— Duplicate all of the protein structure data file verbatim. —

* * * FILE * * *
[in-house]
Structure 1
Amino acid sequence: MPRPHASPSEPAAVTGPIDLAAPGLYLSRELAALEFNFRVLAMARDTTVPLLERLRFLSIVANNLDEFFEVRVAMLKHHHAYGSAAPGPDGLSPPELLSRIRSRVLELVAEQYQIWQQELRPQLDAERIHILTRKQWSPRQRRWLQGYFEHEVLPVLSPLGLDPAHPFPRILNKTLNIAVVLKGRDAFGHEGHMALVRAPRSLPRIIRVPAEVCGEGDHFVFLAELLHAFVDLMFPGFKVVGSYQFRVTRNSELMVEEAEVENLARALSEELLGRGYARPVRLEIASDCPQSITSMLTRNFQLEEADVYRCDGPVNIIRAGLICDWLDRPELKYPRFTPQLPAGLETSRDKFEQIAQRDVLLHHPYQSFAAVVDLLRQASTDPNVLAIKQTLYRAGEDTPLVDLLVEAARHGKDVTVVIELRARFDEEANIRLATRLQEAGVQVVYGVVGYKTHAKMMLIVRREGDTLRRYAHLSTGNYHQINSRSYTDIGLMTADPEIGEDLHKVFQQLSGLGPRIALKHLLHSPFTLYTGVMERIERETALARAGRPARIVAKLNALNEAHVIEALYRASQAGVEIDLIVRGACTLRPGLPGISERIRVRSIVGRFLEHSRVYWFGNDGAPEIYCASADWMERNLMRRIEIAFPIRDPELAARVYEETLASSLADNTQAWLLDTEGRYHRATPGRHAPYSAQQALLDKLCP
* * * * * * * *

[in-house]
Structure 1
Amino acid sequence: MPRPHASPSEPAAVTGPIDLAAPGLYLSRELAALEFNFRVLAMARDTTVPLLERLRFLSIVANNLDEFFEVRVAMLKHHHAYGSAAPGPDGLSPPELLSRIRSRVLELVAEQYQIWQQELRPQLDAERIHILTRKQWSPRQRRWLQGYFEHEVLPVLSPLGLDPAHPFPRILNKTLNIAVVLKGRDAFGHEGHMALVRAPRSLPRIIRVPAEVCGEGDHFVFLAELLHAFVDLMFPGFKVVGSYQFRVTRNSELMVEEAEVENLARALSEELLGRGYARPVRLEIASDCPQSITSMLTRNFQLEEADVYRCDGPVNIIRAGLICDWLDRPELKYPRFTPQLPAGLETSRDKFEQIAQRDVLLHHPYQSFAAVVDLLRQASTDPNVLAIKQTLYRAGEDTPLVDLLVEAARHGKDVTVVIELRARFDEEANIRLATRLQEAGVQVVYGVVGYKTHAKMMLIVRREGDTLRRYAHLSTGNYHQINSRSYTDIGLMTADPEIGEDLHKVFQQLSGLGPRIALKHLLHSPFTLYTGVMERIERETALARAGRPARIVAKLNALNEAHVIEALYRASQAGVEIDLIVRGACTLRPGLPGISERIRVRSIVGRFLEHSRVYWFGNDGAPEIYCASADWMERNLMRRIEIAFPIRDPELAARVYEETLASSLADNTQAWLLDTEGRYHRATPGRHAPYSAQQALLDKLCP